In July 1987, Iran lost the opportunity to end the Iran-Iraq war as part of a U.N. deal by imposing two preconditions, one of which was impossible to meet. In 2022, Iran is likely to lose another opportunity, this time to return to the 2015 nuclear deal, once again by imposing two preconditions, one of which is also impossible to meet.

On July 20, 1987, as part of the ongoing diplomatic efforts to end the Iran-Iraq war, the United Nations Security Council (UNSC) voted unanimously in favor of resolution 598. The resolution demanded “an immediate cease-fire, the withdrawal of all forces to internationally recognized boundaries, and the early exchange of prisoners of war.” Additionally, the UNSC called for the establishment of a body that would determine which side was responsible for starting the conflict — a clear effort to reach out to Iran, which had for years, quite rightly, accused the Iraqi regime of starting the war.

The Iraqi regime of Saddam Hussein accepted the resolution, but Iran set two preconditions. The first called for the removal of Saddam from power. Iran had been making the same demand since shortly after Iraq invaded its territory in September 1980. The second called on the U.N to immediately recognize Saddam as the aggressor. Both demands had their own logic. Saddam was the aggressor — it was his decision to invade Iran that started the war — and in the following years, his military had subjected Iranian forces and even some Iranian civilians to repeated chemical attacks. Iran argued that as long as Saddam remained in power, he could always launch another attack against Iran, even if a ceasefire agreement were in place.

Although its preconditions had their own logic, Iran's first demand, calling for the removal of Saddam from power, was impossible to meet. At that time, no foreign government or international body was willing or able to force him to step down. It was simply an impossibility.

What further complicated matters was Iran's second precondition, which called for the U.N to recognize Saddam as the aggressor, before the two sides had first reached a comprehensive ceasefire. Although not impossible, this condition was difficult to meet as doing so would have dissuaded Saddam from agreeing to the ceasefire. This, in turn, would have torpedoed efforts by the U.N to start the process of ending the war, which by then had been going on for seven years.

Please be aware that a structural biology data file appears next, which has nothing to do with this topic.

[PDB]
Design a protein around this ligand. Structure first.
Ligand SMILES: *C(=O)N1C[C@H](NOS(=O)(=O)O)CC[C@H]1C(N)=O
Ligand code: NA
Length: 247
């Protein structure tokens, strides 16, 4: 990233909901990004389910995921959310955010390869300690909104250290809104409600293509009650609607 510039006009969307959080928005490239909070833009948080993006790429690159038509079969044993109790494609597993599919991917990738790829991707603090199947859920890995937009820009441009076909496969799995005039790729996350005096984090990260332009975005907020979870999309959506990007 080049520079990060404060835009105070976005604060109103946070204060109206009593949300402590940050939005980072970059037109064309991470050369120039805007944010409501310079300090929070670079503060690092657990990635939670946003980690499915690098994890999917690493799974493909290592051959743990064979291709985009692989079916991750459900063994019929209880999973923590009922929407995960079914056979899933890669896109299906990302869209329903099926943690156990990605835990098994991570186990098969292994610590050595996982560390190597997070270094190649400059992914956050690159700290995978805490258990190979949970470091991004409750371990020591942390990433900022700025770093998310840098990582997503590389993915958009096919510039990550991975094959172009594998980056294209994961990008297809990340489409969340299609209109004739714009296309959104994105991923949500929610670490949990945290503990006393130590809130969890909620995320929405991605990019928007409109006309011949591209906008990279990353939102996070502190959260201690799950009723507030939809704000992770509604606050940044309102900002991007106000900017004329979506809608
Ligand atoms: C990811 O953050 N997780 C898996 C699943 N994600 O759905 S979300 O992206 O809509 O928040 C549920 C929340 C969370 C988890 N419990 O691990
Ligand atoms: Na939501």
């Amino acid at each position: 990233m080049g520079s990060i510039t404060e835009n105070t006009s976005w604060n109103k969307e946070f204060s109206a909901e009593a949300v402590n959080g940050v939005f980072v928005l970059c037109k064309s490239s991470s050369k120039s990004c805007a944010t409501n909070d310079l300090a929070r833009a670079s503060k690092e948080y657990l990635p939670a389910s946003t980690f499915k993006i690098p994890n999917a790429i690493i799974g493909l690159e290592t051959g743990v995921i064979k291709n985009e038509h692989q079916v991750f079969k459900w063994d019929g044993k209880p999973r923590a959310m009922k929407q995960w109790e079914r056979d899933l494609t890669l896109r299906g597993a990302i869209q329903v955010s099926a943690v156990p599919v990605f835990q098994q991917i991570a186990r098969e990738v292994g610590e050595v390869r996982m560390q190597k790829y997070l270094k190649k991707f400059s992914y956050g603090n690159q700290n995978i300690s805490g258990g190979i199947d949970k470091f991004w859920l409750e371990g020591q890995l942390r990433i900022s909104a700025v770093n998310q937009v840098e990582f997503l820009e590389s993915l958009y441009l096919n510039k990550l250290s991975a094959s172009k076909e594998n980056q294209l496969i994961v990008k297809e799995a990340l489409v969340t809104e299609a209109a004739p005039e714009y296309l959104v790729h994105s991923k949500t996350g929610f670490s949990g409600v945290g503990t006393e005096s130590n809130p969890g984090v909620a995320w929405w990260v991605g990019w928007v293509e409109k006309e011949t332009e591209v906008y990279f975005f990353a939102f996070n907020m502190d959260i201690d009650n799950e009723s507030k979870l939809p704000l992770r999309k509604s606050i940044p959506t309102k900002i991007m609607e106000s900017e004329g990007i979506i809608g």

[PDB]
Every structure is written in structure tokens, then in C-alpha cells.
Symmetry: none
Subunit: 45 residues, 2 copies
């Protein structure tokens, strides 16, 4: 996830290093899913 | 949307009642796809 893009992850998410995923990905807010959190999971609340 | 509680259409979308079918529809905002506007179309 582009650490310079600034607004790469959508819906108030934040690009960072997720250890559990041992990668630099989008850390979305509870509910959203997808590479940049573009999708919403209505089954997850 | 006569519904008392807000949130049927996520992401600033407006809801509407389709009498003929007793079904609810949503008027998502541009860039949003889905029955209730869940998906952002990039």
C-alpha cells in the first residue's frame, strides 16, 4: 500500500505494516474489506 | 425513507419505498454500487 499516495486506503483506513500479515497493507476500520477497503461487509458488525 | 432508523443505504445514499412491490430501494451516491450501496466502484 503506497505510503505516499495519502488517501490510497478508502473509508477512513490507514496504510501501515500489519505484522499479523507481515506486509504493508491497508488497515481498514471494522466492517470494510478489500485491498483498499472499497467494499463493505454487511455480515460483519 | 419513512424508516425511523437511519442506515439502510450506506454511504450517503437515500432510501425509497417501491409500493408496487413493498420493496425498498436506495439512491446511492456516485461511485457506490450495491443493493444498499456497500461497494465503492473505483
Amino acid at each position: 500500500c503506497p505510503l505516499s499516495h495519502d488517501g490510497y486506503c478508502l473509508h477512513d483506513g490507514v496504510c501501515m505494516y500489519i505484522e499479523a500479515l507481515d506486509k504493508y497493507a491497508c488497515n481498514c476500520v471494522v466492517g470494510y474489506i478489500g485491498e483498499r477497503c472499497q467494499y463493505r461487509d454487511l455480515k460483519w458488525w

Ultimately, Iran's decision to impose preconditions in July 1987 prolonged the war, and this turned out to be a very costly mistake. Starting in February 1988, Iraq, for the first time, attacked Tehran with its new al-Hussein missiles. These were Scud missiles, modified by Iraqi engineers, with Soviet technical assistance. Over 52 days beginning in February, Iraq fired 118 al-Hussein missiles at Tehran, killing 422 civilians and injuring 1,579 others. Residents of the Iranian capital were petrified by the attacks and nearly a quarter of them fled, causing major damage to the country’s economy.

Iran also became more isolated, leading to a tightening of weapons sanctions. Meanwhile, Iraq was receiving top-of-the-line weaponry from France and the Soviet Union. This asymmetry resulted in major Iranian defeats on the battlefield between July 1987 and July 1988. During that period, tens of thousands of Iranian soldiers and civilians were killed and injured, and millions of dollars’ worth of additional damage was done to Iran's economy. In April 1988, Iran suffered a notable defeat when Iraq retook the Faw Peninsula, which Iran had captured in February 1986. These developments, and the perception that Iran's own leaders were not interested in ending the war, caused a major drop in the number of Iranians volunteering to fight.

These factors and others ultimately forced Ayatollah Ruhollah Khomeini in July 1988 to drop Iran's preconditions and agree to a ceasefire, as per UNSC resolution 598. This decision was so difficult that Khomeini said it was “worse than drinking poison.” Had the Iranian supreme leader accepted the original ceasefire offer in July 1987, he would have saved the lives of countless Iranians. He would also have been able to negotiate with Saddam from a stronger position, as Iran still held the strategic Faw Peninsula in July 1987.